– Reb Shmuel, you response would be on point had the discussion topic been – who’s a worse guy, Gordimer or Weiss. My purpose was to bring some rationale to the theme that you correctly picked up on, that folks are turned off by Gordimer. I offered a hypothesis as to why. Your proving that Weiss is oich a bad guy, maybe even worse, may be true but is neither here nor there. The question is – does my theory make sense?
Guess who wrote this:
[Orthodox and Conservative Judaism are] “so very different in … three fundamental areas: Torah mi-Sinai, rabbinic interpretation, and rabbinic legislation”
“Torah mi-Sinai (“Torah From Sinai”): Modern Orthodoxy, in line with the rest of Orthodoxy, holds that Jewish law is Divine in origin, and as such, no underlying principle may be compromised in accounting for changing political, social or economic conditions, whereas Conservative Judaism holds that Poskim should make use of literary and historical analysis in deciding Jewish law, and may reverse decisions of the Acharonim that are held to be inapplicable today.
Rabbinic interpretation: (Modern) Orthodoxy contends that legal authority is cumulative, and that a contemporary posek (decisor) can only issue judgments based on a full history of Jewish legal precedent, whereas the implicit argument of the Conservative movement is that precedent provides illustrations of possible positions rather than binding law. Conservatism, therefore, remains free to select whichever position within the prior history appeals to it.
Rabbinic legislation: Since the (Modern) Orthodox community is ritually observant, Rabbinic law legislated by (today’s) Orthodox rabbis can meaningfully become binding if accepted by the community (see minhag). Conservative Judaism, on the other hand, has a largely non-observant laity. Thus, although Conservatism similarly holds that “no law has authority unless it becomes part of the concern and practice of the community”  communal acceptance of a “permissive custom” is not “meaningful”, and, as a result, related Rabbinic legislation cannot assume the status of law.”
I’ve long felt that the most incriminating document against OO is that article- for rather obvious reasons. Avi Weiss himself *may* still be on the O side of the divide, but, as R Gordimer has chronicled, a heckuva lot of his star disciples are at best somewhere in the muddled middle.
I can’t seem to be able to cut and paste but footnotes 35 and 36 of his article are worth reading just for the irony involved.
@ Reb Yid – I think we are not even discussing the same issues anymore. I asked you about Satmar twice and you didnt answer. I have never met Sara Hurwitz, could be she is a very nice person. But ordination of female clergy is simply not Orthodox. Do we have discuss that issue at length? Re: Avi Weiss you should realize the connective tissue between his right wing politics with Kahane and his left wing religious identity is simply anti-establishment. If your definition of the “modern rabbinate” is a glorified social worker whose intellectual compass is defined completely by what is viewed as moral by the NYT/urban elite then fine, we also disagree as to what a Rabbi’s role is. I think the rabbinic model should be one of spiritual (halacha and hashkafa) and social guidance based on our mesorah.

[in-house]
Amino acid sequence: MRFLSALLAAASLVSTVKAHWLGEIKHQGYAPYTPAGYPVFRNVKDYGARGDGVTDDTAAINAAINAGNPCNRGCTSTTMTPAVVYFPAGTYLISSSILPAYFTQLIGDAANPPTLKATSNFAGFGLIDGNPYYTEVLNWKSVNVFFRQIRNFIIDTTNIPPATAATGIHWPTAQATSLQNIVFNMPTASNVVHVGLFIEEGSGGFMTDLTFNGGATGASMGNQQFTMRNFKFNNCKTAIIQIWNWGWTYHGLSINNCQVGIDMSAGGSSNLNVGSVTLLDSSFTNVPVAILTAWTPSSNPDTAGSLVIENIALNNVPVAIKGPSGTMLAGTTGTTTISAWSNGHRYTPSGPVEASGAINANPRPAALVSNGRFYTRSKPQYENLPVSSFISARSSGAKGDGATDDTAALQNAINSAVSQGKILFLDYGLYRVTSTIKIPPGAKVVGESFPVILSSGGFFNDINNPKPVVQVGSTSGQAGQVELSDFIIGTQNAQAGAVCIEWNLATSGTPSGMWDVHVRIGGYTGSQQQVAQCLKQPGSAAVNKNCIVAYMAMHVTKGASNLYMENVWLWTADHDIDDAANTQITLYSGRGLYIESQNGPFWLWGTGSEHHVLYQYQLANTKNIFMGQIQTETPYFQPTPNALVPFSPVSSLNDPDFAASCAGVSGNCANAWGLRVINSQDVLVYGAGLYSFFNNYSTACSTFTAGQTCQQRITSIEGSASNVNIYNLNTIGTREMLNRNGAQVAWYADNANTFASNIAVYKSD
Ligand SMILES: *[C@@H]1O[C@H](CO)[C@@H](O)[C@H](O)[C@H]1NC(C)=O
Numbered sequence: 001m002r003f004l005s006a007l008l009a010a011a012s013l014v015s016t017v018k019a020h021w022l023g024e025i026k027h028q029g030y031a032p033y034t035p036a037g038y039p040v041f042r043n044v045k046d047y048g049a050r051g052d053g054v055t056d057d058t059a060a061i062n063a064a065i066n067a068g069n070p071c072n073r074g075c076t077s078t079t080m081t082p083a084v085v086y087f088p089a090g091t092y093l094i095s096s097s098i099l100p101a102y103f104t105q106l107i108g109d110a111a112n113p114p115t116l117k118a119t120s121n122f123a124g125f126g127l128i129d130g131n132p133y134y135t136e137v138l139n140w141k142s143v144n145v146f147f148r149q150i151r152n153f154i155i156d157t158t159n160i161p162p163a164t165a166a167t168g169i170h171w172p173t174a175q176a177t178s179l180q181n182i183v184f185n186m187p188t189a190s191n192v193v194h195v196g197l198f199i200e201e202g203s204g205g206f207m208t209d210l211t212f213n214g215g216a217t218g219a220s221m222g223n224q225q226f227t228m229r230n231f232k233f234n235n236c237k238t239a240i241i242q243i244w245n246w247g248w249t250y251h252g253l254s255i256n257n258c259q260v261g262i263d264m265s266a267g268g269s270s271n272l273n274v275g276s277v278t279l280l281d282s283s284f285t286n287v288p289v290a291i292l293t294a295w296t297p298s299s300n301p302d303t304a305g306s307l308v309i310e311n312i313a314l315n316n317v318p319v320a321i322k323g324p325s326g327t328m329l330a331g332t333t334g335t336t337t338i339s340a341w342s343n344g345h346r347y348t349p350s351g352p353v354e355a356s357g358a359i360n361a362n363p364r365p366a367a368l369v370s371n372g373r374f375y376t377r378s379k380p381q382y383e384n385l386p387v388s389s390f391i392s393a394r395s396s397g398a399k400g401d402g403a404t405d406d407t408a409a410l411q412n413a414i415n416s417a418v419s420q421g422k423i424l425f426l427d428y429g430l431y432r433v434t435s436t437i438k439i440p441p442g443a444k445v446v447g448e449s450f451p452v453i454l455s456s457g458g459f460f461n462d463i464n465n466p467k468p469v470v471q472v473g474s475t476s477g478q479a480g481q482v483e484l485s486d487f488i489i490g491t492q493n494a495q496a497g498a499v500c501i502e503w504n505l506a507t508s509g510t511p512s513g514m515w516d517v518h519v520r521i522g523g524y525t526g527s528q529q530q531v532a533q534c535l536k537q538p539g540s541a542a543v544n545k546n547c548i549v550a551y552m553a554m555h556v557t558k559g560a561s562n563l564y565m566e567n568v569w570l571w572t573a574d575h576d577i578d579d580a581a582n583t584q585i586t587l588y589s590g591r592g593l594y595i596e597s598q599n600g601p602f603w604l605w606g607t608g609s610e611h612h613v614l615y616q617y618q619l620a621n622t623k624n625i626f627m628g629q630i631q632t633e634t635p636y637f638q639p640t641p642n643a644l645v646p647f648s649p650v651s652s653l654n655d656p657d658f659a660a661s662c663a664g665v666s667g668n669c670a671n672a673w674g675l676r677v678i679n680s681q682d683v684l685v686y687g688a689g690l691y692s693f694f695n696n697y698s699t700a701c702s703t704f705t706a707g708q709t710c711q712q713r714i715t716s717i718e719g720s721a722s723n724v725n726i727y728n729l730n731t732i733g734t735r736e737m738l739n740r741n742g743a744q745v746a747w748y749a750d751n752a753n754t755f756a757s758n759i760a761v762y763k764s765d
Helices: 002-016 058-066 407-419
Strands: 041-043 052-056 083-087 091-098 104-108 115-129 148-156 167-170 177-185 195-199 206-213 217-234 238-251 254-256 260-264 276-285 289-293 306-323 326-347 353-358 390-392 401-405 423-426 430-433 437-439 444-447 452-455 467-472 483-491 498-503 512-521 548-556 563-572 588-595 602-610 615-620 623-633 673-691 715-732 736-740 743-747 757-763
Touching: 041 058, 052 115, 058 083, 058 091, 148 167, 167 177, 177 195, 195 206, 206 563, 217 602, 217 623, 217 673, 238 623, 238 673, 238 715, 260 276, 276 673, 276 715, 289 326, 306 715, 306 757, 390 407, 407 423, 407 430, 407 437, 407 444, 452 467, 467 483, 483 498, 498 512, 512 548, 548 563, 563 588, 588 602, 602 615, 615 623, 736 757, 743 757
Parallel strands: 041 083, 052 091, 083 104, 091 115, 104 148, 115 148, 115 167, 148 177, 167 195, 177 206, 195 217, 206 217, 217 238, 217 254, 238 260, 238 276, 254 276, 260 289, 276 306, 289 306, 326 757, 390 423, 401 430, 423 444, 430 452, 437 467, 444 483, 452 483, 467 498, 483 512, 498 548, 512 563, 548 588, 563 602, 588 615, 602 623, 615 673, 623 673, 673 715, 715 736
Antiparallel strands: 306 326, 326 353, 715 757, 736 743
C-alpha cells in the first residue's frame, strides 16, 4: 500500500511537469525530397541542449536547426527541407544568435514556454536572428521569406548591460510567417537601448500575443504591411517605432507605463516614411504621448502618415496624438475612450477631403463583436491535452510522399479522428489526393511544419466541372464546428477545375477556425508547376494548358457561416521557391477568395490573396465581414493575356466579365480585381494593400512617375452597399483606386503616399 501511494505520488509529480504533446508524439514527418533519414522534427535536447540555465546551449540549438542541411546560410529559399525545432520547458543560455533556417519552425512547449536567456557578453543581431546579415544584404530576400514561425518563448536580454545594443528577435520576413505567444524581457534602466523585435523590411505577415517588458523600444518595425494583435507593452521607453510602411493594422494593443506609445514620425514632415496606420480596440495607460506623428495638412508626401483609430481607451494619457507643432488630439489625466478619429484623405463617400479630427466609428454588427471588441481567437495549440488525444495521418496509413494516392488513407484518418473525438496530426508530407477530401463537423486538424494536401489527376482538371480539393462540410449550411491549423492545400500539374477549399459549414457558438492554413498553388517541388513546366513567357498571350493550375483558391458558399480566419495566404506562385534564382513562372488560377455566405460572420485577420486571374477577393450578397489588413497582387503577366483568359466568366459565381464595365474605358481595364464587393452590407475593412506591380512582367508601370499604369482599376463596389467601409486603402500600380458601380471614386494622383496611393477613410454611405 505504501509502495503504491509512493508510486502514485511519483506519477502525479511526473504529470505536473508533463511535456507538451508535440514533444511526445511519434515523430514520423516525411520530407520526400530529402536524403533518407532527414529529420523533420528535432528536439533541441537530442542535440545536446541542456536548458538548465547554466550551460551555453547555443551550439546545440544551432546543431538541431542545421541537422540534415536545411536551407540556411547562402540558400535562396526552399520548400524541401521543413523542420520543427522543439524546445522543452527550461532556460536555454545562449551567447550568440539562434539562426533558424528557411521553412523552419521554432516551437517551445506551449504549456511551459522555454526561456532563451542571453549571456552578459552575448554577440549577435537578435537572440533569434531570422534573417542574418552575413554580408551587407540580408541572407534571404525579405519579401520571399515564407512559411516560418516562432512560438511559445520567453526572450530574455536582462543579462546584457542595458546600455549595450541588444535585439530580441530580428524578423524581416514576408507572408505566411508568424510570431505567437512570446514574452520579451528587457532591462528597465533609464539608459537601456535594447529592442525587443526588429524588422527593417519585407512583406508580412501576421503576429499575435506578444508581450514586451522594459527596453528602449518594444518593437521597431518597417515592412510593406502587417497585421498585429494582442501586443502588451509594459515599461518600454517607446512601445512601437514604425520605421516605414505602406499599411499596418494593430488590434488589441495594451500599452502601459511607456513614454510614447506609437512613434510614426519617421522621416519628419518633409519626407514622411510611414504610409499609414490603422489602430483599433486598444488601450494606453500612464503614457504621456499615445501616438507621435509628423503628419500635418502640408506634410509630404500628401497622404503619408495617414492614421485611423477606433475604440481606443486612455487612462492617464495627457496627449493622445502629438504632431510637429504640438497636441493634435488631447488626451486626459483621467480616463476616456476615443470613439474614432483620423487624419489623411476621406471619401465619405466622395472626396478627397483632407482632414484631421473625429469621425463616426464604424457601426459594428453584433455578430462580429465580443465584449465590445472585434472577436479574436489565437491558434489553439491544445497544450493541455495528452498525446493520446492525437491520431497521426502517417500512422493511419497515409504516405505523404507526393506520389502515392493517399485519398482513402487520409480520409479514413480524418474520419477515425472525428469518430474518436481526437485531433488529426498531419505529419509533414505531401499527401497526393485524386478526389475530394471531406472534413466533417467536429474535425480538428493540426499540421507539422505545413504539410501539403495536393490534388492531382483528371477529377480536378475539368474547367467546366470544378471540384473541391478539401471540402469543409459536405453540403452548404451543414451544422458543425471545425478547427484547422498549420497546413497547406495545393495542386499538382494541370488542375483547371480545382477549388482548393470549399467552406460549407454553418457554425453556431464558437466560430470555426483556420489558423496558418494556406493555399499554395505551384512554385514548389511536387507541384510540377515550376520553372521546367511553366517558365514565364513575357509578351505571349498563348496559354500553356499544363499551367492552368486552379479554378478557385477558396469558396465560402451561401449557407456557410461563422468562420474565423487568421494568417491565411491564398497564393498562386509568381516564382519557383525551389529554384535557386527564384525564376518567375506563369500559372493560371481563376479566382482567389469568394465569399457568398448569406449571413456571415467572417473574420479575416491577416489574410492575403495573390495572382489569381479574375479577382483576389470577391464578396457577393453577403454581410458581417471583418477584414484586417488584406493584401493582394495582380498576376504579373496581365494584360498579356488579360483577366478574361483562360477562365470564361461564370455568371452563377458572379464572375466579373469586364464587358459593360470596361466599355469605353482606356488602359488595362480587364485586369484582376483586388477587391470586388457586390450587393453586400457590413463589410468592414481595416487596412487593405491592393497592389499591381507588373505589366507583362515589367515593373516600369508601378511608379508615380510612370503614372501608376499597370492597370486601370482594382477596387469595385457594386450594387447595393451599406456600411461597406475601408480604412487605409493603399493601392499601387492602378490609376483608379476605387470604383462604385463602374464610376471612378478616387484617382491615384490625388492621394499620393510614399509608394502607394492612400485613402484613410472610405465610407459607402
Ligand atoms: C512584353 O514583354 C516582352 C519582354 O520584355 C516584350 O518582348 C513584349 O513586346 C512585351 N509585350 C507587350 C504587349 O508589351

@ Jewish Observer – (Note another anonymous commenter) I didnt pick up on any such theme. R’ Gordimer has became a fidei defensor and others should pick up the sword as well (which one day will be turned into a ploughshare) what bothers me isnt that R’Gordimer reacts but rather that sadly there is constantly something being said or done that needs to be responded to. As a person Avi Weiss may be a good guy (not for this discussion) but his hashkafos are simply unOrthodox and hurting klal yisroel.
I can’t speak for Shmuel, but as for me, I don’t believe your theory is valid. I don’t think Rabbi Gordimer has any personal ill will toward A Weiss, nor do I think he relishes the opportunities to constantly point out the flaws in the OO movement.
My guess is that he’s either motivated by a sense of במקום שאין איש or more likely, he received directives from above. He works for the OU which quite possibly for political reasons cannot take an official stance on OO although they’re firmly against it. Instead of the OU coming out as an organization against OO, more likely they’ve asked Rabbi Gordimer to express their own sentiments [and his as well] and to apply as much pressure as possible to make it clear that OO is not an acceptable movement.
He’s doing his best, but more is certainly necessary.
Commenter “Reb Yid”: “I suppose a couple of generations ago Bat Mitzvah was heresy, too.”
That is rank ignorance, as well as false, and the strange word of “heresy” proves it. The proper word is, “normative.” Thinks like bat mitzvahs and girls education were never normative, but no one ever said the entirety of tradition stood upon such practices. Indeed, there are Talmudic opinions in favor of girls education, and forget about bat mitzvah, even bar mitzvah celebrations only came into vogue relatively recently. To compare that with the notion of a woman rabbi displays a profound lack of judgment, and a confusion over what is and what isn’t core principles. It suggests that the commenter is either overly enamored with current (and passing) fads, or insufficiently infused with the totality of Jewish tradition.